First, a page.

Alaska Fish & Wildlife News
August 2017

White Bison Calf Born in Farewell Herd

By Riley Woodford
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Kellie Peirce photographed this white colored bison calf in early July about 60 miles south of McGrath. The calf is with a group of normal-colored calves of the year and adults. ©Kellie Peirce, photo used with permission.

Josh Peirce has seen a lot of bison in his career as a state wildlife biologist. On June 8, 2017, he saw something new – a bison calf with a coat that was white instead of the usual reddish color.

Peirce is based in McGrath, a community about 225 miles northwest of Anchorage on the Kuskokwim River. The white calf was born into the Farewell Bison Herd, one of four herds of plains bison in Alaska. The Farewell area is the general home range of the herd, about 60 miles southeast of McGrath.

Peirce said the state wildlife troopers emailed him on May 9 with a report of the white calf, so he was looking for it in early June when he flew a spring survey of the herd. Peirce pilots the department’s Super Cub out of McGrath, and also owns his own airplane. He returned to the area in July for a family camping trip and his wife Kellie Peirce took several pictures of the calf.

At that time, he guessed the calf to be about three months old.

“It was born this spring, and we know it was born prior to May 9,” he said. “The herd has a fairly extended calving season, generally early April to late May.”

Albinism and leucism are both conditions that can cause an animal to have white fur, hair, skin or feathers. Both are caused by a reduction of pigments at the cellular level, and are usually genetic. Leucism can affect an entire animal, or just patches (animals with partial leucism are referred to as “peid” or “piebald”) and a leucistic animal will have normal-looking eyes. Leucistic lions are white, but have normal eyes and lips. Animals with albinism have pink eyes.

Peirce suspects the white bison is leucistic. In the photos, the calf appears to have a dark ring around its eyes and a light brown “cap” on its head.

Plains bison, smaller cousins to the giant wood bison, were first introduced to Alaska in 1928 when 23 animals from Montana were brought to Delta Junction. Three died within a few months, so all of the bison in Alaska’s four herds are descendants of 20 animals. It is noteworthy that the bison were obtained from the National Bison Range in Montana before the introgression of cattle genes into the herd. So Alaska plains bison are among the relatively small number of genetically pure plains bison.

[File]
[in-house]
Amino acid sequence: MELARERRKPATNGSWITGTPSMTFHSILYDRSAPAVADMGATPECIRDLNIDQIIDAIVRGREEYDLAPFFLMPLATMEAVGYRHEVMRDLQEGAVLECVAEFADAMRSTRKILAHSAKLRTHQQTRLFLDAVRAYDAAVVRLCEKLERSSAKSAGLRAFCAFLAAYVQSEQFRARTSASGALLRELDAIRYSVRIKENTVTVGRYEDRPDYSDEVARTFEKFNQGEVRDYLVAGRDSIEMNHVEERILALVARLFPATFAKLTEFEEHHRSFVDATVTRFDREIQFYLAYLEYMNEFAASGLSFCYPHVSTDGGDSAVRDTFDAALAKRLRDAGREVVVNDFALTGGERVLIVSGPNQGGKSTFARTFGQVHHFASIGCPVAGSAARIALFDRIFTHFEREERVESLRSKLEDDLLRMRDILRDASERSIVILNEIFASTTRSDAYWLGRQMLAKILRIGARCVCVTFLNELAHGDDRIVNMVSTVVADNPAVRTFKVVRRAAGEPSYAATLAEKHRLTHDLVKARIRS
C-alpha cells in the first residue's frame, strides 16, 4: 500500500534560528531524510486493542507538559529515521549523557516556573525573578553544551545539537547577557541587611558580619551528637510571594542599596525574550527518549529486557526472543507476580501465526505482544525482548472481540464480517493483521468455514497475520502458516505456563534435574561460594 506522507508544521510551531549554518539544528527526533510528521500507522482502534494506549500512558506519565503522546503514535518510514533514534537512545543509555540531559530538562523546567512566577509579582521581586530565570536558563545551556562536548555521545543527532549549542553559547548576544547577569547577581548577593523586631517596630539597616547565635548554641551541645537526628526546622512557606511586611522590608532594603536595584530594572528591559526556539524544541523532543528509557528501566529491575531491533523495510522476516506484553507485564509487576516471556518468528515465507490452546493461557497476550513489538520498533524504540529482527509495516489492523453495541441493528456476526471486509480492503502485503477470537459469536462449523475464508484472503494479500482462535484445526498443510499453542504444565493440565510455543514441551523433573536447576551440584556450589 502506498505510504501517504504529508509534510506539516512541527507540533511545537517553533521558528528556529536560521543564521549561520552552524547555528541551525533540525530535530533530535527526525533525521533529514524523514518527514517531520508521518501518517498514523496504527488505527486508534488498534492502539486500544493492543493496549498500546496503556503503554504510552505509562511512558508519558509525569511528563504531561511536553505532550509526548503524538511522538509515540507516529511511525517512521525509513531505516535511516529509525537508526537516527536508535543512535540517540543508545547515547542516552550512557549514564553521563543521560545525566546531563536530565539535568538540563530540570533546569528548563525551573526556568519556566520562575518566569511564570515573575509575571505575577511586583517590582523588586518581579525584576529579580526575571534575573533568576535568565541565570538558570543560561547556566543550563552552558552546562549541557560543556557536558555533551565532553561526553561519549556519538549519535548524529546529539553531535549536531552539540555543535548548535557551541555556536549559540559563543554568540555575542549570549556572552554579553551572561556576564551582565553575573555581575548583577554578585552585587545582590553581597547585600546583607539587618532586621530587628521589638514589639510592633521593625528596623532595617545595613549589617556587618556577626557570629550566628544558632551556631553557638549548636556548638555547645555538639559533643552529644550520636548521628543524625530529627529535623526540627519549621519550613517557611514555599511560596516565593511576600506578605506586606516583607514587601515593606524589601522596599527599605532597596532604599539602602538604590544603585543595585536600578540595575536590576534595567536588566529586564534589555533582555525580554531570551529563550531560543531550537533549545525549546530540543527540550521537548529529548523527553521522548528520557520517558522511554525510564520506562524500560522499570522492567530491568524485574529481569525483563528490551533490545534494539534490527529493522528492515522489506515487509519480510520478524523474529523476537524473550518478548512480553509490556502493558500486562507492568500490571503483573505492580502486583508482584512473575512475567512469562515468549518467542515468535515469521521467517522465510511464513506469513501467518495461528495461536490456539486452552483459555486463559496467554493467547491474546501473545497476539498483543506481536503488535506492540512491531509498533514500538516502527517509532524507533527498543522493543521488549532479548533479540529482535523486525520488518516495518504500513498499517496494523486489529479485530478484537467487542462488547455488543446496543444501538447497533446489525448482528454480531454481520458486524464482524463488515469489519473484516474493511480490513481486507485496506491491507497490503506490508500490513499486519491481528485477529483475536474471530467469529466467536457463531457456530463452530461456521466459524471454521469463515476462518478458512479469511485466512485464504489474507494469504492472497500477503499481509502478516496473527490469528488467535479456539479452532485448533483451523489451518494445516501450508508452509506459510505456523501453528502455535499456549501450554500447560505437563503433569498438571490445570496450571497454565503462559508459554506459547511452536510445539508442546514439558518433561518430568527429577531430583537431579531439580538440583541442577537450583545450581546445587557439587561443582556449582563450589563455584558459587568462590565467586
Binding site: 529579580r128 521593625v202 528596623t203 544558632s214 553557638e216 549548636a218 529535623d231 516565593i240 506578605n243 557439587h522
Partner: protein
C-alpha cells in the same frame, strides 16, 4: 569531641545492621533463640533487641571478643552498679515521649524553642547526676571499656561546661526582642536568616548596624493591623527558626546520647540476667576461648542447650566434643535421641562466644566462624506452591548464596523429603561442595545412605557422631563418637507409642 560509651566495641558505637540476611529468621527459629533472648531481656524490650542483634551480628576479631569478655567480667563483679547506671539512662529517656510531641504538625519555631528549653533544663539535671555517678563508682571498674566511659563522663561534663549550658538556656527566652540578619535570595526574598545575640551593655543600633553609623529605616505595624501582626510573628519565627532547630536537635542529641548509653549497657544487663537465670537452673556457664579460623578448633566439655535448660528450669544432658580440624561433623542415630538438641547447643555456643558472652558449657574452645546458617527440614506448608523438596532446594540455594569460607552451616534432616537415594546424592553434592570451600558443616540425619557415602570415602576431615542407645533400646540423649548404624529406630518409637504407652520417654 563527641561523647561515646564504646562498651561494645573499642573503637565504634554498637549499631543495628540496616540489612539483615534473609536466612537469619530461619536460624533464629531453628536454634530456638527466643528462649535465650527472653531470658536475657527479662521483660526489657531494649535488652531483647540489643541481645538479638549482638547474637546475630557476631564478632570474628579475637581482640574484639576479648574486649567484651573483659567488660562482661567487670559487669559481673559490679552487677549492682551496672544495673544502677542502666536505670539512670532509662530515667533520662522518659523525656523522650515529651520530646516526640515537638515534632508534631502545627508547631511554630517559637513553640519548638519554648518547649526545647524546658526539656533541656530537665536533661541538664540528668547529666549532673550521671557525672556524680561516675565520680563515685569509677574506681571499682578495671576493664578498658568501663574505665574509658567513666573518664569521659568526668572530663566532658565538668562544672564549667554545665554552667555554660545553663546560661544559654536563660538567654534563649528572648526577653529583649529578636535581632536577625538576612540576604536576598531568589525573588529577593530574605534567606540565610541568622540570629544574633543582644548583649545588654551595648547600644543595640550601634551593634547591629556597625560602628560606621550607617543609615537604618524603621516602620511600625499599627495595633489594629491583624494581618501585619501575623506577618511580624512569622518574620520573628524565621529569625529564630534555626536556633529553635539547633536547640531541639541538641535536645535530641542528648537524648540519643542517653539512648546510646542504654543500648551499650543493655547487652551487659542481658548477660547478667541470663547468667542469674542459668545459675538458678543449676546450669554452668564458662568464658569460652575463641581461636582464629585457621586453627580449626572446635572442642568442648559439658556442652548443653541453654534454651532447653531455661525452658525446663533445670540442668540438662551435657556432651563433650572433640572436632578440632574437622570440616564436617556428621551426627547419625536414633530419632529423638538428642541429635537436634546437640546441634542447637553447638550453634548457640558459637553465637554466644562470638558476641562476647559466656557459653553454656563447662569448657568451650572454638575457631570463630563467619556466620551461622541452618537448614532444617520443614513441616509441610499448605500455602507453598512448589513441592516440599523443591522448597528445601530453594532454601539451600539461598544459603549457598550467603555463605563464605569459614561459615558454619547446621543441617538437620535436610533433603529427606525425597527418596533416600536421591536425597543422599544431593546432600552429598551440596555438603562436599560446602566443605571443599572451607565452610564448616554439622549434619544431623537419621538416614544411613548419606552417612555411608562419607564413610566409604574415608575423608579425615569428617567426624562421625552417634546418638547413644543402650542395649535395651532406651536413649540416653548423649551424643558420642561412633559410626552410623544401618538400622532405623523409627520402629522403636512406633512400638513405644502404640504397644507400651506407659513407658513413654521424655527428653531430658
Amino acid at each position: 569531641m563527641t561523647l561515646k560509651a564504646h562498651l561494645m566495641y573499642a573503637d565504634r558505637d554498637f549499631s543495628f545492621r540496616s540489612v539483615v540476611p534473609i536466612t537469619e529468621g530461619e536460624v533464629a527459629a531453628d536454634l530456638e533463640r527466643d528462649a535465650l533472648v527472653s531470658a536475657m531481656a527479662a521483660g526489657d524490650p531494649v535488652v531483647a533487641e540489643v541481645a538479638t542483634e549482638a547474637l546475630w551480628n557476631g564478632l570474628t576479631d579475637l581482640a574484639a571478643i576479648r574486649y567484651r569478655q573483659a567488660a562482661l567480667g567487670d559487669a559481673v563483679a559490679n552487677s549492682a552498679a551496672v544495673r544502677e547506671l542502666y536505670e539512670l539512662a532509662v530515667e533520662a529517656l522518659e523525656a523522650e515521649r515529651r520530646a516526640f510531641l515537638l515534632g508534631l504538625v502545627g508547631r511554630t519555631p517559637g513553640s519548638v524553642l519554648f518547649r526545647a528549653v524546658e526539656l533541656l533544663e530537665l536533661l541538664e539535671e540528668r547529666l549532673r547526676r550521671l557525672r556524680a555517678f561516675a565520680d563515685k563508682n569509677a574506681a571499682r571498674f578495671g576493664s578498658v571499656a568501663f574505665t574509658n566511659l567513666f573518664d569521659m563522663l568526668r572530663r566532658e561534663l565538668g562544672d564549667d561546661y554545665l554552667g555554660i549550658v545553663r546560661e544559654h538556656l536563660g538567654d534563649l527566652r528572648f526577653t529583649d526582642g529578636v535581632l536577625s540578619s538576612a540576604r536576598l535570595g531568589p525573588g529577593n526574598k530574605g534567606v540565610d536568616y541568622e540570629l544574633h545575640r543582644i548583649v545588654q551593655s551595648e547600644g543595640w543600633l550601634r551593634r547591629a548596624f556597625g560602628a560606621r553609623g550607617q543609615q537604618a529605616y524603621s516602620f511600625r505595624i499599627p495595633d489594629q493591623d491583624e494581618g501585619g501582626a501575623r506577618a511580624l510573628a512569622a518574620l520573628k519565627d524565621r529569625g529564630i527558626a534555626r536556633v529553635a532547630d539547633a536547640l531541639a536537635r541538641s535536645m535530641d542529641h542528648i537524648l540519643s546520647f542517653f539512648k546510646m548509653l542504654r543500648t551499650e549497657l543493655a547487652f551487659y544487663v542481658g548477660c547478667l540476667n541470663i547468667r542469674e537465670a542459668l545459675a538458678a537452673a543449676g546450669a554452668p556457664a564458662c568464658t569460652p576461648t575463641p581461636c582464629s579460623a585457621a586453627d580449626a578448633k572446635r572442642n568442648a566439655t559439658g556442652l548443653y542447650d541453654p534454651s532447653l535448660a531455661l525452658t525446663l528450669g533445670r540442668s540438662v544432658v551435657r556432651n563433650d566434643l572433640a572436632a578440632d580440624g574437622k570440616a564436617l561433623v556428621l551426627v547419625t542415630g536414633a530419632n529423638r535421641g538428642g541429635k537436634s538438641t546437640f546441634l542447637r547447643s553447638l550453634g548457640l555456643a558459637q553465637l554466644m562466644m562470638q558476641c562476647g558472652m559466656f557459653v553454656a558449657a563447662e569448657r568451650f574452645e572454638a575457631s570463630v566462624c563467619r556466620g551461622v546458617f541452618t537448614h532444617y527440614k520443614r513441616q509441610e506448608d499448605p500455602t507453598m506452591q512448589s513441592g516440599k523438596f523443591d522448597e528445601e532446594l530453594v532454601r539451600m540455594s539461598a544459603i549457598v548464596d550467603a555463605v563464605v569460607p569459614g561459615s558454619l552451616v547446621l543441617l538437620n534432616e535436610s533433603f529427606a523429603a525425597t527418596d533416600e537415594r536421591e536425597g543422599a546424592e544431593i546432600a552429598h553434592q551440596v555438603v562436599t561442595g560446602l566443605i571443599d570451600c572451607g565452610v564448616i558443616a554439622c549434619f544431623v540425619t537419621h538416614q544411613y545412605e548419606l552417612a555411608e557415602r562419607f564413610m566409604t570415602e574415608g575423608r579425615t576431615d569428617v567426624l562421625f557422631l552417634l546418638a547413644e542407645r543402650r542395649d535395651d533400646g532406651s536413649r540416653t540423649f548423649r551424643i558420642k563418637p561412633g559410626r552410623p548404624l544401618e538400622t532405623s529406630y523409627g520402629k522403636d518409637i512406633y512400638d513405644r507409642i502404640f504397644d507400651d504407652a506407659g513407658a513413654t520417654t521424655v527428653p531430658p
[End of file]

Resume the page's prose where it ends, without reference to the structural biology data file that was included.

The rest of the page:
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The calf is part of the Farewell herd, one of four bison herds in Alaska. ©Kellie Peirce, photo used with permission.

Peirce said that ranchers introduced cattle genes to bison in the Lower 48 in attempts to cultivate domestic qualities in bison for agricultural purposes.

“That was deliberate thing. A lot of bison today have cattle genes, and the introduction of those genes did cause some color variations in bison,” he said. “We’ve done quite a bit of genetic work on the Farewell herd, and there is no indication of any cattle genes in these animals, which is significant for bison conservation. That’s big deal.”

The Farewell herd is the result of two separate transplants. In August of 1965, 18 bison from the Delta Herd were flown to the Farewell airstrip; in August of 1968, 20 more animals were brought in. By 1972 the herd had grown to about 80 bison, and the first hunt was authorized.

The herd grew to about 350 animals in 1999, but a spring survey in 2006 revealed only 94 animals. A number of factors, including habitat quality, high harvest, and predation, could explain the apparent decline, but the herd has rebounded substantially in recent years.

“It’s fair to say the herd is at a record high now,” Peirce said. “There are 395 adults, 115 calves, a total of 510 animals.”

Wood bison were reintroduced to Alaska in 2015 and are geographically distinct from the Farewell herd. The wood bison herd is about 200 miles west on the other side of the Kuskokwim Mountain range.

White bison are well-documented, although they are rare. White bison calves have been born in both wild and domestic herds.

National Bison Association statistics indicate there are about 380,000 plains bison in North America, most in private herds. There are about 22,000 bison in public herds in national parks, state parks, and county parks in the U.S.; and about 2,000 in Canada. There are about 15,000 in tribal herds, and about 190,000 in private herds in the U.S. and about 150,000 on Canadian ranches.